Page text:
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I have a large database I use for plotting and data examination. For simplicity, say it looks something like this:

|    id    |    day    |    obs    |
|    1     |    500    |    4.5    | 
|    2     |    500    |    4.4    | 
|    3     |    500    |    4.7    | 
|    4     |    500    |    4.8    | 
|    5     |    600    |    5.1    | 
|    6     |    600    |    5.2    | 

This could be stock market data, where we have many points per day that are measured.

What I want to do is look at much longer trends, where the multiple points per day are unnecessarily resolved, and clog my plotting application. (I want to look at 30000 days, each has about 100 observations).

Is there a way to do something like SELECT ... LIMIT 1 PER "day"

I suppose I could perform a few SELECT DISTINCT queries to find correct ID's, but I'd rather do something simple if it is built in.

It doesn't matter if its the first, last, or an average value per day. Just a single value. I just prefer what is fastest.

Also, this I'd like to do this for Postgres, MySQL, and SQLite. My application is built to use all three and I frequently switch between them.


Background: This is for a Ruby on Rails plotting application, so a trick with ActiveRecord will work too. https://github.com/ZachDischner/Rails-Plotter

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Are you trying to only select one value for each day or an average value for each day? –  Kevin Holditch Feb 15 '13 at 16:37
I guess I should have specified-but it doesn't matter much to me. Long trends can take a random daily value or an average. Average might just take more time to perform the query –  zachd1_618 Feb 15 '13 at 16:44
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2 Answers

up vote 3 down vote accepted

You need to tag your question with the brand of RDBMS you're using. Frequently for Rails developers, they're using MySQL, but the answer to your question depends on this.

For all brands except for MySQL, the correct and standard solution is to use windowing functions:

  FROM stockmarketdata
) AS t
WHERE t.RN = 1;

For MySQL, which doesn't support windowing functions yet, you can simulate them in a kind of clumsy way with session variables:

SELECT * FROM (SELECT @day:=0, @r:=0) AS _init,
  SELECT IF(day=@day, @r:=@r+1, @r:=0) AS RN, @day:=day AS d, *
  FROM stockmarketdata
) AS t
WHERE t.RN = 1
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This is great! I'll keep it open for another day or two to see if any more answers pop up. But this is exactly what I'm looking for! –  zachd1_618 Feb 15 '13 at 17:06
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You left a lot of room for options with your statement:

It doesn't matter if its the first, last, or an average value per day. Just a single value. I just prefer what is fastest.

So, I'm going to leave the id out of it and first propose going with average of obs for each group as the simplest and probably the most practical, though maybe not the fastest to be running stat functions vs. limit:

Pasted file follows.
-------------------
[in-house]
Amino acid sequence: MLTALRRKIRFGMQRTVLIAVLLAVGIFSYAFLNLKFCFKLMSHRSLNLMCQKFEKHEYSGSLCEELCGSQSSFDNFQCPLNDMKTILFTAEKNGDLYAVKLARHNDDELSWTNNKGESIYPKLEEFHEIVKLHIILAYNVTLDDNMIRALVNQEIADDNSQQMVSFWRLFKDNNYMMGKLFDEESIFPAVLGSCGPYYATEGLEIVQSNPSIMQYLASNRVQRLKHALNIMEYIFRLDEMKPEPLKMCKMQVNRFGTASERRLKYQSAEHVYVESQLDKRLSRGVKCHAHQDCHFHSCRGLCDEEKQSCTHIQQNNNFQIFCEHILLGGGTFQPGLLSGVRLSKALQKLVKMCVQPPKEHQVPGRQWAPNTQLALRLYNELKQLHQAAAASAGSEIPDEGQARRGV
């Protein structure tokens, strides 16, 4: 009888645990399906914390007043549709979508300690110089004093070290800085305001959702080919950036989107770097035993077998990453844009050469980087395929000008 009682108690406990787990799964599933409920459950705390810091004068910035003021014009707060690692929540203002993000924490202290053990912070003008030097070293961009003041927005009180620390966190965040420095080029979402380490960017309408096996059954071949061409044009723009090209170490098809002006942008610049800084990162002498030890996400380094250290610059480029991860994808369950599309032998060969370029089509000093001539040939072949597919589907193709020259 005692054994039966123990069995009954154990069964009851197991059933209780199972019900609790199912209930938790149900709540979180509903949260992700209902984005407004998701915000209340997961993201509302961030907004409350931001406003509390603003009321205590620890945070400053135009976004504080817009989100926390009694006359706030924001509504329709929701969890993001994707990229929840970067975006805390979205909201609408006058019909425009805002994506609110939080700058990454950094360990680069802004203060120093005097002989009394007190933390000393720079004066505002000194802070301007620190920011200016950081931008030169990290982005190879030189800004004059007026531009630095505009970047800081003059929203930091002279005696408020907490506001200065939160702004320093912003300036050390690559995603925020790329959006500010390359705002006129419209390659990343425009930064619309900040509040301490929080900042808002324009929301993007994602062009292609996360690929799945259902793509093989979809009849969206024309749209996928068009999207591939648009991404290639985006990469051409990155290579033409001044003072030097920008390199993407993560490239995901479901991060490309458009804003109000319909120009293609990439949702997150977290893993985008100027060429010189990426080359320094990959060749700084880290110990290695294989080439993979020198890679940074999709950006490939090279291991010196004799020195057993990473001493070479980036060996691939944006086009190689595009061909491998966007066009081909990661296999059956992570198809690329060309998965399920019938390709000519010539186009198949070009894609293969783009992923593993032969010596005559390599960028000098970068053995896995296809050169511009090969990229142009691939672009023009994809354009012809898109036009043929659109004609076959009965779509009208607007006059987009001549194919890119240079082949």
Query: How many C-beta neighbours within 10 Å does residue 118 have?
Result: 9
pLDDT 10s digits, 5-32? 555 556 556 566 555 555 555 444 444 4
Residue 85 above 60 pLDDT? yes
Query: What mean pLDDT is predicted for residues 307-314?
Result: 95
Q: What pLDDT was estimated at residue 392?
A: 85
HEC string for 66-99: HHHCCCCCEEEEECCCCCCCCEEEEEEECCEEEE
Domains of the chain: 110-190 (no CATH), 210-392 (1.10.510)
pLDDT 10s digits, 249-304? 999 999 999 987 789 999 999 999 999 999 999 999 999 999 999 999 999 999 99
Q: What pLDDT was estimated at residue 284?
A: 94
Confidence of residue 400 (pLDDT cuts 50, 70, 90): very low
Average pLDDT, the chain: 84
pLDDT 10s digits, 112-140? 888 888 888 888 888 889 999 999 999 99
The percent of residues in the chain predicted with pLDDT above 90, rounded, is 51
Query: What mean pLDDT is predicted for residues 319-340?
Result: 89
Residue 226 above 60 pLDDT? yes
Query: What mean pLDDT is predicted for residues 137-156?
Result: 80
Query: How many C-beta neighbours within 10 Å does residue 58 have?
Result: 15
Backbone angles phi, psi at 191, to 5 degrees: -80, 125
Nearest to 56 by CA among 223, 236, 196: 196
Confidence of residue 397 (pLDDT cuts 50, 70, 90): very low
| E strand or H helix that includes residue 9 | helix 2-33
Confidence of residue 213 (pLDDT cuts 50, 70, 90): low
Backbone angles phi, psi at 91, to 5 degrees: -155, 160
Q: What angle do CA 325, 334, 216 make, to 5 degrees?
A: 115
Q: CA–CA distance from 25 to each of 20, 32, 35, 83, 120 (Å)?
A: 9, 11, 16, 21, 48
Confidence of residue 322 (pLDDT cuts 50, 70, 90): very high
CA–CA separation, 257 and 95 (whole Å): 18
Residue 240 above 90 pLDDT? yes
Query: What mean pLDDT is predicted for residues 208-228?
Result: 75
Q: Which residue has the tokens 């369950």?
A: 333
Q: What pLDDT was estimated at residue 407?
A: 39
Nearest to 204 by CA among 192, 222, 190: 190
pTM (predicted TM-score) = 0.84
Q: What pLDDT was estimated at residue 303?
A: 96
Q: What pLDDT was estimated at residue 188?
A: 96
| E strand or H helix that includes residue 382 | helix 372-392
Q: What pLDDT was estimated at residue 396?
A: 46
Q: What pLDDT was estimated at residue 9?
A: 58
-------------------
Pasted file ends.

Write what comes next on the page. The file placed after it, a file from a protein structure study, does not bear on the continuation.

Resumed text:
If you wanted the minimum:


If you wanted the maximum:


(Note: The following 2 examples are less efficient than just entering the SQL, but might be more portable.)

But you might want all three:

ActiveRecord::Base.connection.execute(MyModel.select('MIN(obs), AVG(obs), MAX(obs)').group(:day).to_sql).to_a

Or just the data without hashes:

ActiveRecord::Base.connection.exec_query(MyModel.select('MIN(obs), AVG(obs), MAX(obs)').group(:day).to_sql)

If you want median, see this question which is more DB specific, and there are other related posts about it if you search.

And for more, some DB's like postgres have variance(...), stddev(...), etc. built-in.

Finally, check out the query section in the Rails guide and ARel for more info on constructing queries. You can do a limit in an ActiveRecord relation via first or limit for example, and in ARel, take lets you do a limit. Subqueries are possible too, as shown in answers to this question, and so is group by, etc. If you are sharing this project with others, try to limit the amount of non-portable SQL you are using unless you plan on adding support for other databases on your own and maintaining that.

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Thanks for the answer. This idea works too, but I'm going to verify the other solution for the sake of speed. I appreciate it! –  zachd1_618 Feb 19 '13 at 16:56
Remember that data quality can often be more important than speed. For example, the first or last observed data point could potentially hide much higher or lower values. Outdoor temperature is a great example of this; if you measure only in the afternoon, the temperature is often going to be higher than in the early morning. If you must take only one measurement, perhaps order by RAND()/RANDOM(), etc. –  Gary S. Weaver Feb 19 '13 at 18:38
Absolutely. I agree and appreciate the input. I'm going to try to implement both methods and see what works. Working off your example, you are right that temps change thoughout the day. But if I'm looking at the long term (50 year) trends for changes (relative, not absolute), then it won't matter if I'm recording in the morning or at 3pm. Thats the sort of data I'm looking at. Thanks for the input! –  zachd1_618 Feb 20 '13 at 20:04
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